Very few things are needed today, in both in the society and church, than this capacity for understanding and forgiveness, especially in our ultimate social, political, ecclesial, moral, religious and human challenge. Sometimes Church people try to single out the one particular moral issue as the litmus test to whether or not someone is a true follower of Jesus. If there is to be litmus test, let it be this one: can you continue to love those who misunderstand you, oppose you, hostile to you, who hate you, and who threaten you without being paralyzed, calloused or condescending.

Monday, July 26, 2010


First Reading (Qo 1:2; 2:21-23)
Second reading (Col 3:1-5, 9-11)
Gospel Luke (12:13-21)

“If you cannot have everything, make the best of everything you have” (Anon)
In spite of occasional quarrels, members of the same family normally live in harmony and peace. Till when? Until the day they are called to share out the inheritance. In front of money and goods even the best people lose their heads and become deaf and blind: they only see their personal interest, do not listen to any reason but the reasons of greediness and are ready to trample even the most sacred of feelings. With the help of some wise friends the parties may find a reasonable solution, but at times hatred drags on for years and the once peaceful and friendly brothers and sisters may end up not speaking to each other anymore.
Jesus was one day invited to act as mediator to solve a family contest (V.13). Well such cases we never fail to put a good word, but the master’s reply is instead very surprising: “my friend, who appointed me your judge or arbitrator of your claims?”(V.14).
Why doesn’t Jesus intervene in this family issue? Does he feel the problem as a sign of imposing the tyranny and imposing of the stronger parties? But this is not true because it would be contrary to the gospel message. But let us understand this.
There has been a sign where one is clearly committing an injustice while the other party is victim to it. But the question is what must be done? Avoid the discussion? Find excuse to pull out? Refer the whole problem to the current legislation? Everybody knows what has been laid down in Deut 21:15-15 and Num 27:1-11; what is called on is simply to listen to the parties, using a bit of common sense and applying the norms to the concrete case. This is how we probably ought to go about the serious drawbacks, it does not remove the root of the problem, and it does not wipe out the causes that produce discord, hatred and injustice.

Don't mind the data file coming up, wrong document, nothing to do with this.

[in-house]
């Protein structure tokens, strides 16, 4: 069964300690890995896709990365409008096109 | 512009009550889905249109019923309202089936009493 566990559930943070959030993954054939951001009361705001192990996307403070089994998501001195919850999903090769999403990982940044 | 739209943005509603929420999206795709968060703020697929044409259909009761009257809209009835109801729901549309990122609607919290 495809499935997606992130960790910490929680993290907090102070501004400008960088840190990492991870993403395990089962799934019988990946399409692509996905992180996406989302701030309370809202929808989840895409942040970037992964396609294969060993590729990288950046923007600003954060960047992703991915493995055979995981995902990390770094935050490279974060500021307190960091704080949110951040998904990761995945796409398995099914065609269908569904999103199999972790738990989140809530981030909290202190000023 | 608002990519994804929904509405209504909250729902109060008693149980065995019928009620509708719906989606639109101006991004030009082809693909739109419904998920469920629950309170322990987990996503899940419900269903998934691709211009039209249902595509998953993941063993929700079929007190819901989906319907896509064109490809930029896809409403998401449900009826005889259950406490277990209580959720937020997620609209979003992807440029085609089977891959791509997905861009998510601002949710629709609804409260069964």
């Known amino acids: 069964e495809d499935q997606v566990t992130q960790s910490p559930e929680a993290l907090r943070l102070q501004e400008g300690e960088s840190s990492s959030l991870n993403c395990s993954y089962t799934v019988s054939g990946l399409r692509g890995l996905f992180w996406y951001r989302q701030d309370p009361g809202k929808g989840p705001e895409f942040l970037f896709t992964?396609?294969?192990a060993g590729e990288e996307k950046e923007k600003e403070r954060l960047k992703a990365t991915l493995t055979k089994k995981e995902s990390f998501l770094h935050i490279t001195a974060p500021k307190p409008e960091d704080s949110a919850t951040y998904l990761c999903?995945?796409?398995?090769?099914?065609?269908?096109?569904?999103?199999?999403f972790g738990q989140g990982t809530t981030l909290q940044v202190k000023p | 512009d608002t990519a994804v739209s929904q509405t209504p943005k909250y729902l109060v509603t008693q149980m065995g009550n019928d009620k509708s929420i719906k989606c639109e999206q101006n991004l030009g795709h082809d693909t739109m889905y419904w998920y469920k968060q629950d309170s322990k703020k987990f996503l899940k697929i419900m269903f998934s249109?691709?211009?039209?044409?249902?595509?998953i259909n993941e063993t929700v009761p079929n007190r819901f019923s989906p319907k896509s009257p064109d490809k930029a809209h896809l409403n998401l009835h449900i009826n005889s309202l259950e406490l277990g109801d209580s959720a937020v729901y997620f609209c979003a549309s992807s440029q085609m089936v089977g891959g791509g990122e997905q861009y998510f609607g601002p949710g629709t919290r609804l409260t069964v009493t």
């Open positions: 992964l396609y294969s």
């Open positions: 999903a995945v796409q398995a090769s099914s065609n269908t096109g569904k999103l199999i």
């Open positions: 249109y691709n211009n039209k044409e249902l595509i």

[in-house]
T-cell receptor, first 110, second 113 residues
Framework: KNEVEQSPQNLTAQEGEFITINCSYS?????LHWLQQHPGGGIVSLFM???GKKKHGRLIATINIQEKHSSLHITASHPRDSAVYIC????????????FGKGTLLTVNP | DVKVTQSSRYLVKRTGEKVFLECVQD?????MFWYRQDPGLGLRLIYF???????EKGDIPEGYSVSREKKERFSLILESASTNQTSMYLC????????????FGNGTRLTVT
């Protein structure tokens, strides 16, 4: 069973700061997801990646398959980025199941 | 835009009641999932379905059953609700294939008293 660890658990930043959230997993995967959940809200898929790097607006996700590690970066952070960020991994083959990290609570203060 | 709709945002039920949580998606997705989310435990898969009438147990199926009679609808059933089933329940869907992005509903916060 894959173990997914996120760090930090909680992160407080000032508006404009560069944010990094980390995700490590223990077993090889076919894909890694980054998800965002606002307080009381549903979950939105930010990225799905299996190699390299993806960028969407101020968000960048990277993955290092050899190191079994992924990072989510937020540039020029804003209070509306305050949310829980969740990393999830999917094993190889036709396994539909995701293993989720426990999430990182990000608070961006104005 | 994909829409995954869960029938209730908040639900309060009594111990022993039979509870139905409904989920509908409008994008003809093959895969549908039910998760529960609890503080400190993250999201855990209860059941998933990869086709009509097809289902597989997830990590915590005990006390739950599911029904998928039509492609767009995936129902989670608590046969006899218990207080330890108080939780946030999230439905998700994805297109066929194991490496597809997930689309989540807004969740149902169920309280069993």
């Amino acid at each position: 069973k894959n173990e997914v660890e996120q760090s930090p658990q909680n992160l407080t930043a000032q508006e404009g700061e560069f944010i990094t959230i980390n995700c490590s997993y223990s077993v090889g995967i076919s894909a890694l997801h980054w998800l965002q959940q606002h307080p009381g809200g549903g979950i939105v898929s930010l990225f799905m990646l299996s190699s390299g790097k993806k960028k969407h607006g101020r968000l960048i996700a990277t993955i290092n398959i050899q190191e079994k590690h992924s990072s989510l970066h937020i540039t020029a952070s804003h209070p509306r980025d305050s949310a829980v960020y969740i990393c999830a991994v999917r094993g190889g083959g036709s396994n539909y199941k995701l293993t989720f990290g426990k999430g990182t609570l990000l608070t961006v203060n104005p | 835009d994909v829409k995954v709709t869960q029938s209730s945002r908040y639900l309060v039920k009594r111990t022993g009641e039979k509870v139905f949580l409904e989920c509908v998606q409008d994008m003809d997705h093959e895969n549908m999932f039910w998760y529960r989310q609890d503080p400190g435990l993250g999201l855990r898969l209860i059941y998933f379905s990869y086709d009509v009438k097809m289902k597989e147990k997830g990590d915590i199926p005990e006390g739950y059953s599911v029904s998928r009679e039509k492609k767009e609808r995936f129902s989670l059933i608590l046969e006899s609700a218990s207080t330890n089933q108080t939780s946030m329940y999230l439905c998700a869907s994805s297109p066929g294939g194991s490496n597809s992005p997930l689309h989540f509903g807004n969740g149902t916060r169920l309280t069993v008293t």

Jesus decides to go straight to the root of the problem, rather than trying to solve a single case. “Watch and be on your guard”, he says, “against avarice of any kind, for life does not consist in possessions, even when one has more than needs” (V.15).
Here is then the cause of evil: greed for money. These dissensions, Jesus says, come always when the goods of this world are not used for humanity, but worshipped like gods, when their accumulation fills all thoughts and energies.
It should not mean that Jesus despite material goods, but is showing his detachment from this world and the superiority of his plans and proposals. He is very much interested in a different inheritance, but the kingdom of God that will be inherited by the poor (Mt 5:3), and by those who will spend their lives to serve the brothers and sisters. (Mt 25:34).
All causes of war, discords, problems of inheritance will disappear only when all energies of mankind will go to increase not “mine” or the “yours” but “ours”. As the saying goes “Africa is not poor but poorly managed” we have all African leaders meeting in Kampala this week but whom can we call a true African leaders except all grabbers and greedy leader, and war mongers. It may sound harsh but it calls for styling up. Take care of your country and God will take care of you. This is what we need African leaders to know. If you are corrupt stop being corrupt. Our man to be our man even when he is naked, we still call him our man. Someone should tell him or her that please you are naked.

“Spend less than you earn and you’ll never be in debt” (Yiddish proverb)